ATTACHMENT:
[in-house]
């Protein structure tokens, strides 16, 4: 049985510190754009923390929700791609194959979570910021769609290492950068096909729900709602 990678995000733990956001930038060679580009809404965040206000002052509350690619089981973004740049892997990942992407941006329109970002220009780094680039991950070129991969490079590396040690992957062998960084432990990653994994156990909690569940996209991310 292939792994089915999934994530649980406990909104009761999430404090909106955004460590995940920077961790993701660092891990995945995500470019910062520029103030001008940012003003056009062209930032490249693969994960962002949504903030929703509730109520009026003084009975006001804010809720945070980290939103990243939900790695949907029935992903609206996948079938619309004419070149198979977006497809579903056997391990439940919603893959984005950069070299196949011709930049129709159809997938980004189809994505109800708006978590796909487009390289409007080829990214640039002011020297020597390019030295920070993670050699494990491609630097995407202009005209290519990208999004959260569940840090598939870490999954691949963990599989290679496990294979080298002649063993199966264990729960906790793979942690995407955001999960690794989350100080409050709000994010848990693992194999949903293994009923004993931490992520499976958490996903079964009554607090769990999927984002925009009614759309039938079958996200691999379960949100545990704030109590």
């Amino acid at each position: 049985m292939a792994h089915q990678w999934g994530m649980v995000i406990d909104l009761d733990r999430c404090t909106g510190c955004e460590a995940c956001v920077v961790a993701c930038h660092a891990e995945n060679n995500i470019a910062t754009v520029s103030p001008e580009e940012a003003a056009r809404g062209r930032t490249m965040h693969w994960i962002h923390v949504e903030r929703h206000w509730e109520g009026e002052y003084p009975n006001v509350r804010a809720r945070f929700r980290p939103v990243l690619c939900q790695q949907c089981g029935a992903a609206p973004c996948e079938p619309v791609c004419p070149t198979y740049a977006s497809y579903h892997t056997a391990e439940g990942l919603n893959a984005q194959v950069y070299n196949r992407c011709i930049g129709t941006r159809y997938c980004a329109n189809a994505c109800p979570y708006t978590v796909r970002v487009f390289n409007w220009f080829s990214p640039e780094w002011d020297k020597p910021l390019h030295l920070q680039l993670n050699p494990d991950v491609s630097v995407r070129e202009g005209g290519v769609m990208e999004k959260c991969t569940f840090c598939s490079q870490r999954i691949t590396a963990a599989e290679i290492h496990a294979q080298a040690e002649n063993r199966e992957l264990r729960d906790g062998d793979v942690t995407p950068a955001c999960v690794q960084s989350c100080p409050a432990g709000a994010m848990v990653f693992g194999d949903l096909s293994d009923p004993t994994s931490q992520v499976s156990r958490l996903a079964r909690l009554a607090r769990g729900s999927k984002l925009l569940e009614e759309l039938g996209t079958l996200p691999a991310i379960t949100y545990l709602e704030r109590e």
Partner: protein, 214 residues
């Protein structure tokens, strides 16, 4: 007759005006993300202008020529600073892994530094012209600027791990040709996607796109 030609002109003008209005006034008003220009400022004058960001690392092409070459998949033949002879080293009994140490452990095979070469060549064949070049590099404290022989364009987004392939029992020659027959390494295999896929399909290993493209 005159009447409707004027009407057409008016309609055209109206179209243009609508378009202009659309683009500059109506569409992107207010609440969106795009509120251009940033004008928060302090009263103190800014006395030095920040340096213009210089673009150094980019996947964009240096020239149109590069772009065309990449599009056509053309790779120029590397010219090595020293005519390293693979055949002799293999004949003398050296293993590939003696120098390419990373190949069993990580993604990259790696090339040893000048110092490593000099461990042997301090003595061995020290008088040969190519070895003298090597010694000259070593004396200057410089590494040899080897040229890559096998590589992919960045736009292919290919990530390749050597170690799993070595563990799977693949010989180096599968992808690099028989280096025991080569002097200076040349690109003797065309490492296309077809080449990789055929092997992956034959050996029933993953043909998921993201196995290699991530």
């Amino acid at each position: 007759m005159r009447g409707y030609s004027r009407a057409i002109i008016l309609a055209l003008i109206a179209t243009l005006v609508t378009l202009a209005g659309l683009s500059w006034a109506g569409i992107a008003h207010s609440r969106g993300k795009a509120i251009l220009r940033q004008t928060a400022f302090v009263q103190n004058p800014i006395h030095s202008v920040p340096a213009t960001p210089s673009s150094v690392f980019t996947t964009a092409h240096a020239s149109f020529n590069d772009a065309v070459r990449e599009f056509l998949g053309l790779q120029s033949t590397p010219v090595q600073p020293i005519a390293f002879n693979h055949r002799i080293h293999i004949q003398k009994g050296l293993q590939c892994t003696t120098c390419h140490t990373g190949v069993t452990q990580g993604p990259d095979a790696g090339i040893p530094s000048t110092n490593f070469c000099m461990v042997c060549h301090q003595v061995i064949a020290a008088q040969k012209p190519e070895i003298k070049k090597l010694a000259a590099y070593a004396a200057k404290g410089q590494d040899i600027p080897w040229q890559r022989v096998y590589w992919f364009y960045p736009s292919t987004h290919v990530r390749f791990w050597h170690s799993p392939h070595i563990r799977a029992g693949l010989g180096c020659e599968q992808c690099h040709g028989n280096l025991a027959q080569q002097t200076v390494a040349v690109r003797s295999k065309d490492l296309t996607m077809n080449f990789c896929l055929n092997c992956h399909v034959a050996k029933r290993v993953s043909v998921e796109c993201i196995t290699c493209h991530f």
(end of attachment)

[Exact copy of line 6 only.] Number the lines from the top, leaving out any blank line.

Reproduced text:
């Amino acid at each position: 007759m005159r009447g409707y030609s004027r009407a057409i002109i008016l309609a055209l003008i109206a179209t243009l005006v609508t378009l202009a209005g659309l683009s500059w006034a109506g569409i992107a008003h207010s609440r969106g993300k795009a509120i251009l220009r940033q004008t928060a400022f302090v009263q103190n004058p800014i006395h030095s202008v920040p340096a213009t960001p210089s673009s150094v690392f980019t996947t964009a092409h240096a020239s149109f020529n590069d772009a065309v070459r990449e599009f056509l998949g053309l790779q120029s033949t590397p010219v090595q600073p020293i005519a390293f002879n693979h055949r002799i080293h293999i004949q003398k009994g050296l293993q590939c892994t003696t120098c390419h140490t990373g190949v069993t452990q990580g993604p990259d095979a790696g090339i040893p530094s000048t110092n490593f070469c000099m461990v042997c060549h301090q003595v061995i064949a020290a008088q040969k012209p190519e070895i003298k070049k090597l010694a000259a590099y070593a004396a200057k404290g410089q590494d040899i600027p080897w040229q890559r022989v096998y590589w992919f364009y960045p736009s292919t987004h290919v990530r390749f791990w050597h170690s799993p392939h070595i563990r799977a029992g693949l010989g180096c020659e599968q992808c690099h040709g028989n280096l025991a027959q080569q002097t200076v390494a040349v690109r003797s295999k065309d490492l296309t996607m077809n080449f990789c896929l055929n092997c992956h399909v034959a050996k029933r290993v993953s043909v998921e796109c993201i196995t290699c493209h991530f």